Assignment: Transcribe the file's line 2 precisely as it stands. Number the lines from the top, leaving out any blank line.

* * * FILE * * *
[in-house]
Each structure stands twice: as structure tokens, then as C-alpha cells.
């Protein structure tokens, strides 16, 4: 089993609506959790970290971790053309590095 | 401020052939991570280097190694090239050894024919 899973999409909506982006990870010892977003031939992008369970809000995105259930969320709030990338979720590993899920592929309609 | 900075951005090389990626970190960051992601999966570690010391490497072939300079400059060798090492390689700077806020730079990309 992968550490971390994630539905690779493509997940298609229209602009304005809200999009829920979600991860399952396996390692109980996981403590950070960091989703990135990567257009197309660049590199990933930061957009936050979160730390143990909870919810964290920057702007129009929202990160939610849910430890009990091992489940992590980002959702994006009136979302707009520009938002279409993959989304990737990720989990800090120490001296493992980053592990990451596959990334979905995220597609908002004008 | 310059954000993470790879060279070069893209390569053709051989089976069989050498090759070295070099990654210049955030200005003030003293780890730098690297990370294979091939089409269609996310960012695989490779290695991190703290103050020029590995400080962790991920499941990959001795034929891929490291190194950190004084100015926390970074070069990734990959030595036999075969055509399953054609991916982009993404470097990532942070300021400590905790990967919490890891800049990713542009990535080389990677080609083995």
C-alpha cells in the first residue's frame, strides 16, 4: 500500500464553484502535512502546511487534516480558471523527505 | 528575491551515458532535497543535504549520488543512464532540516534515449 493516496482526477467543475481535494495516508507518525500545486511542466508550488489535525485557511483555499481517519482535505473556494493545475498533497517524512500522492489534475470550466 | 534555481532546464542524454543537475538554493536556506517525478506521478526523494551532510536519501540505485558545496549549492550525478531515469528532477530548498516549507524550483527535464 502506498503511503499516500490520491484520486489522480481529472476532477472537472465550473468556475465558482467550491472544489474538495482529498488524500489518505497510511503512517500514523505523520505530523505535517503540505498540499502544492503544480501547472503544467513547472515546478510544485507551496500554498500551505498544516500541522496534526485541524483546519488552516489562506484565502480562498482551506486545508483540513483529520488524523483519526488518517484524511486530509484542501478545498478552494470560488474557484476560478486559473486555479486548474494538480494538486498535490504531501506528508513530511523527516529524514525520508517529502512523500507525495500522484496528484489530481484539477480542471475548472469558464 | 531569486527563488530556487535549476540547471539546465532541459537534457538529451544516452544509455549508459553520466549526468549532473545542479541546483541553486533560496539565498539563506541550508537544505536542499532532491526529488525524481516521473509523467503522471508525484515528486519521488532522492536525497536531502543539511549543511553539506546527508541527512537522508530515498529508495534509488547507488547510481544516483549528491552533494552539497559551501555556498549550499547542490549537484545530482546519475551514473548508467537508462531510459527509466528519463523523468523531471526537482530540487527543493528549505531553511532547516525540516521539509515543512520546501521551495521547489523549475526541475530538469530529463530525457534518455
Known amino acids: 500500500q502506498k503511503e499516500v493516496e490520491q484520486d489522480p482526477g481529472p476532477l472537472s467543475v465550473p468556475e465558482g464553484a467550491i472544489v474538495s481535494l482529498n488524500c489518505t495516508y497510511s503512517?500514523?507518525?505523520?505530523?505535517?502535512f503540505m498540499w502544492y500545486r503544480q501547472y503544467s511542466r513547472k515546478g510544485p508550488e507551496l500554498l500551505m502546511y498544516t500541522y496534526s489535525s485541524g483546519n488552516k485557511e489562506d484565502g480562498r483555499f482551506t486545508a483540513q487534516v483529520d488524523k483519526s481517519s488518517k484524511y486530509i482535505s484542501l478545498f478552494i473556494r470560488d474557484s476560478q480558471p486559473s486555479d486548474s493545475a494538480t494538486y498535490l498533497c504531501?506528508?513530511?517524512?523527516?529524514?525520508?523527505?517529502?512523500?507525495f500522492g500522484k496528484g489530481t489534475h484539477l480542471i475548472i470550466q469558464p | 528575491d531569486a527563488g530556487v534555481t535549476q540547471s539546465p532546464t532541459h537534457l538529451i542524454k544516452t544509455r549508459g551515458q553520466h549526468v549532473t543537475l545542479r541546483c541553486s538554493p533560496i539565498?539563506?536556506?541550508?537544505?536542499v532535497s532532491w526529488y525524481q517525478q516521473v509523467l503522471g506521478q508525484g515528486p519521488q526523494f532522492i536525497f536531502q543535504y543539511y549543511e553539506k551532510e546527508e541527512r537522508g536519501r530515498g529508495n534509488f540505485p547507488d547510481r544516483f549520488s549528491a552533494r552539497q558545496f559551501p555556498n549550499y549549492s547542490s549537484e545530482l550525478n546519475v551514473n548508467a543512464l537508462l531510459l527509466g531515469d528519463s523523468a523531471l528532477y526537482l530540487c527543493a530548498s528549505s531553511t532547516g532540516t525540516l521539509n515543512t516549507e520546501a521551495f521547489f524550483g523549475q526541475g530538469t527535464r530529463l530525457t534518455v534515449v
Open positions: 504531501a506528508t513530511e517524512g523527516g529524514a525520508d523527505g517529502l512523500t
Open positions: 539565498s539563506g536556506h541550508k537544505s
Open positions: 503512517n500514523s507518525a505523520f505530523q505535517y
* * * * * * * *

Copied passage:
Each structure stands twice: as structure tokens, then as C-alpha cells.